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The Effects of Education on Mortality: Evidence From Linked U.S. Census and Administrative Mortality Data

Andrew Halpern-Manners (), Jonas Helgertz, John Robert Warren and Evan Roberts
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Andrew Halpern-Manners: Indiana University
Jonas Helgertz: University of Minnesota
John Robert Warren: University of Minnesota
Evan Roberts: University of Minnesota

Demography, 2020, vol. 57, issue 4, No 14, 1513-1541

Abstract: Abstract Does education change people’s lives in a way that delays mortality? Or is education primarily a proxy for unobserved endowments that promote longevity? Most scholars conclude that the former is true, but recent evidence based on Danish twin data calls this conclusion into question. Unfortunately, these potentially field-changing findings—that obtaining additional schooling has no independent effect on survival net of other hard-to-observe characteristics—have not yet been subject to replication outside Scandinavia. In this article, we produce the first U.S.-based estimates of the effects of education on mortality using a representative panel of male twin pairs drawn from linked complete-count census and death records. For comparison purposes, and to shed additional light on the roles that neighborhood, family, and genetic factors play in confounding associations between education and mortality, we also produce parallel estimates of the education-mortality relationship using data on (1) unrelated males who lived in different neighborhoods during childhood, (2) unrelated males who shared the same neighborhood growing up, and (3) non-twin siblings who shared the same family environment but whose genetic endowments vary to a greater degree. We find robust associations between education and mortality across all four samples, although estimates are modestly attenuated among twins and non-twin siblings. These findings—coupled with several robustness checks and sensitivity analyses—support a causal interpretation of the association between education and mortality for cohorts of boys born in the United States in the first part of the twentieth century.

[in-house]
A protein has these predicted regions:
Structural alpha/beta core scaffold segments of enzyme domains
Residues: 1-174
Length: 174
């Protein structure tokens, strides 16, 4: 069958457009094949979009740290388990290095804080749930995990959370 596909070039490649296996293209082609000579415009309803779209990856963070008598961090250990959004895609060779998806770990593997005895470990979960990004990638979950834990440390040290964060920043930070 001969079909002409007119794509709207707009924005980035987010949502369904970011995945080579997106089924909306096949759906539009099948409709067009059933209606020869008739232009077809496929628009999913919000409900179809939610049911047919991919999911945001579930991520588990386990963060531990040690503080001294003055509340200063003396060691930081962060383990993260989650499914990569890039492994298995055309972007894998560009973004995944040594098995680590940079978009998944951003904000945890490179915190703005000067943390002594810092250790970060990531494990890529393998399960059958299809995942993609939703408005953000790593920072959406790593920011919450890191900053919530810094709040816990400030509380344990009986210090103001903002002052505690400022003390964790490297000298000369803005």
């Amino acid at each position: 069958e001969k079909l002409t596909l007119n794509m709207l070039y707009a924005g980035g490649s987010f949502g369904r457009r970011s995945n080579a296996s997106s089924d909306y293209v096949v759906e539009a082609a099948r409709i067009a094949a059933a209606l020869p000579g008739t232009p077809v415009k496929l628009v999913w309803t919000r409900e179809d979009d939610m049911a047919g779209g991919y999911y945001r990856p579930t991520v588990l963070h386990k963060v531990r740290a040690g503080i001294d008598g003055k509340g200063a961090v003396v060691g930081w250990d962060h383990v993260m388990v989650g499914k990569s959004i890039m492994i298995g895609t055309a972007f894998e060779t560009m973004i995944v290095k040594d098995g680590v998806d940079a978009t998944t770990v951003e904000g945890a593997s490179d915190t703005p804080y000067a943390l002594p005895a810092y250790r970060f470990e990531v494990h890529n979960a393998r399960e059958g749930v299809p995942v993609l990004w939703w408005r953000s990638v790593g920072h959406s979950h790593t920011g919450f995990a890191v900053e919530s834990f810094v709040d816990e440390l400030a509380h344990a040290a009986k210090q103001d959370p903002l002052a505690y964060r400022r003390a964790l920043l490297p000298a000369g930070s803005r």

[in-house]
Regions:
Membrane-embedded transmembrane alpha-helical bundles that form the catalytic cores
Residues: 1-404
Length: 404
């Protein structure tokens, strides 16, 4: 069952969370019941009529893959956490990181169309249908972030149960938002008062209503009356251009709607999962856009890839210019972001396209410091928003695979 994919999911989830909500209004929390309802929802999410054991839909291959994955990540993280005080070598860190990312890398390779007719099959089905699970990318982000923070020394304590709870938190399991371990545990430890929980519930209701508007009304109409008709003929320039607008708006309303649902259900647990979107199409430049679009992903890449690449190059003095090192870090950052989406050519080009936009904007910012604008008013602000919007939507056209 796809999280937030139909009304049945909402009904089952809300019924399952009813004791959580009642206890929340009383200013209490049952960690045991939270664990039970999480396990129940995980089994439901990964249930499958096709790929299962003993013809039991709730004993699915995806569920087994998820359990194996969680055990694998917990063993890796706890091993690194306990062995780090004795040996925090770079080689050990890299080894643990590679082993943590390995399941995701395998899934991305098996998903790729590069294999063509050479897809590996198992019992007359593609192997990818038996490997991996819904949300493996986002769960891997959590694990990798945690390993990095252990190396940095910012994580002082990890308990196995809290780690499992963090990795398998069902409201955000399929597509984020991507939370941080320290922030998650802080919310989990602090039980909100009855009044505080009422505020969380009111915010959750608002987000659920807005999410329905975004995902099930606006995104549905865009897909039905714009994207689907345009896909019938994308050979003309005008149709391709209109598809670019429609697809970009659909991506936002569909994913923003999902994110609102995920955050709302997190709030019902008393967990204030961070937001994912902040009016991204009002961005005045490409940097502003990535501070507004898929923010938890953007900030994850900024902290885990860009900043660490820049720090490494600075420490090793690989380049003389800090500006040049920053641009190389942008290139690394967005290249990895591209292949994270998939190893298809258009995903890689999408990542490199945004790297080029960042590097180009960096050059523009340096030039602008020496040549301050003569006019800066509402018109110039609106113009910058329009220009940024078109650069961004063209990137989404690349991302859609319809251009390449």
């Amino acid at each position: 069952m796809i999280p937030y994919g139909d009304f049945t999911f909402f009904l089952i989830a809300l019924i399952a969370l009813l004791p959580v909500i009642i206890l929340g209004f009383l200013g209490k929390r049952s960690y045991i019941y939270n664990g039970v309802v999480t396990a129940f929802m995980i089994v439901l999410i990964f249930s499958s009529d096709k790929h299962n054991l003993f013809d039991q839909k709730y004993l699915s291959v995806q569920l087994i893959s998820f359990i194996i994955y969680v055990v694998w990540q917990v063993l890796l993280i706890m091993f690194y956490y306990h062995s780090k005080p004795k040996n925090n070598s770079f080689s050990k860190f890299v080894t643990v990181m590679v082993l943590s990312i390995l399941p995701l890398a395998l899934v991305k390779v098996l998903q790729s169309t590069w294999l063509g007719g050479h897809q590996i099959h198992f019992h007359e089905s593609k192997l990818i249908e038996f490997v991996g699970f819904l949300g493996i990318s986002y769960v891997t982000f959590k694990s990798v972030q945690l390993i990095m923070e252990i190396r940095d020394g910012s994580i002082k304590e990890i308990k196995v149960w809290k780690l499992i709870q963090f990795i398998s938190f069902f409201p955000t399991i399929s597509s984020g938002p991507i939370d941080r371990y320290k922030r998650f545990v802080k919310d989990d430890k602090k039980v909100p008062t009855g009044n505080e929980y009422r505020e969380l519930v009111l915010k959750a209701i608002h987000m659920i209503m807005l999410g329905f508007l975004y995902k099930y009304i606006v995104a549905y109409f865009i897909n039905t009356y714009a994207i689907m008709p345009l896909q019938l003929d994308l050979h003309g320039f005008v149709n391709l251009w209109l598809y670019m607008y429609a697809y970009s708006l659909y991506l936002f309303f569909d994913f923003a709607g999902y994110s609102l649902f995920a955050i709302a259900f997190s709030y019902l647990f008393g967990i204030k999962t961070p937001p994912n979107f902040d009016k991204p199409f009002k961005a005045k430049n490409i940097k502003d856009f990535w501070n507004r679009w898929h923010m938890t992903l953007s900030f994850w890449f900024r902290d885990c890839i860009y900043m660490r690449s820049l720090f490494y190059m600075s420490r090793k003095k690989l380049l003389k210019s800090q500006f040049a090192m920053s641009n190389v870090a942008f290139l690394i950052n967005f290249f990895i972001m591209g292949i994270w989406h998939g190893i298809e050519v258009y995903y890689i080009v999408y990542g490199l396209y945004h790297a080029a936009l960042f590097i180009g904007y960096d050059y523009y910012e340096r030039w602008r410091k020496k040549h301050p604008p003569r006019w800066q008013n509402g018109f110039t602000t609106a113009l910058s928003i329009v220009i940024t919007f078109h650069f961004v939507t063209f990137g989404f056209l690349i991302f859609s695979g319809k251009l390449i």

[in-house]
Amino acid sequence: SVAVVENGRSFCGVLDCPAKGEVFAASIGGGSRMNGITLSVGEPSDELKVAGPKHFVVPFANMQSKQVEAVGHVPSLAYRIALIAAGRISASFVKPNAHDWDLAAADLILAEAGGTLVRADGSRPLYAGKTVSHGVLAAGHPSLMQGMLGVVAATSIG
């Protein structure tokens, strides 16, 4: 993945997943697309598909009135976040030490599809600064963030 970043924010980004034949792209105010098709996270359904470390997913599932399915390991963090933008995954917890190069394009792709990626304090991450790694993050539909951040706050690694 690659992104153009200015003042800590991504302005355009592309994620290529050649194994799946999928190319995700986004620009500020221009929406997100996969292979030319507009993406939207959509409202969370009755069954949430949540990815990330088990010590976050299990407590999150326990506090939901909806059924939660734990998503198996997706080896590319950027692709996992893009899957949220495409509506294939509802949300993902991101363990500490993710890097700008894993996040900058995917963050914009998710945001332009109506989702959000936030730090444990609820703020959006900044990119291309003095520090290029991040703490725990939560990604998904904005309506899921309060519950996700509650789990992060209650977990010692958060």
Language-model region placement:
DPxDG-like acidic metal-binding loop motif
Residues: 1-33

Keywords: Education; Mortality; Twins; United States (search for similar items in EconPapers)
Date: 2020
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DOI: 10.1007/s13524-020-00892-6

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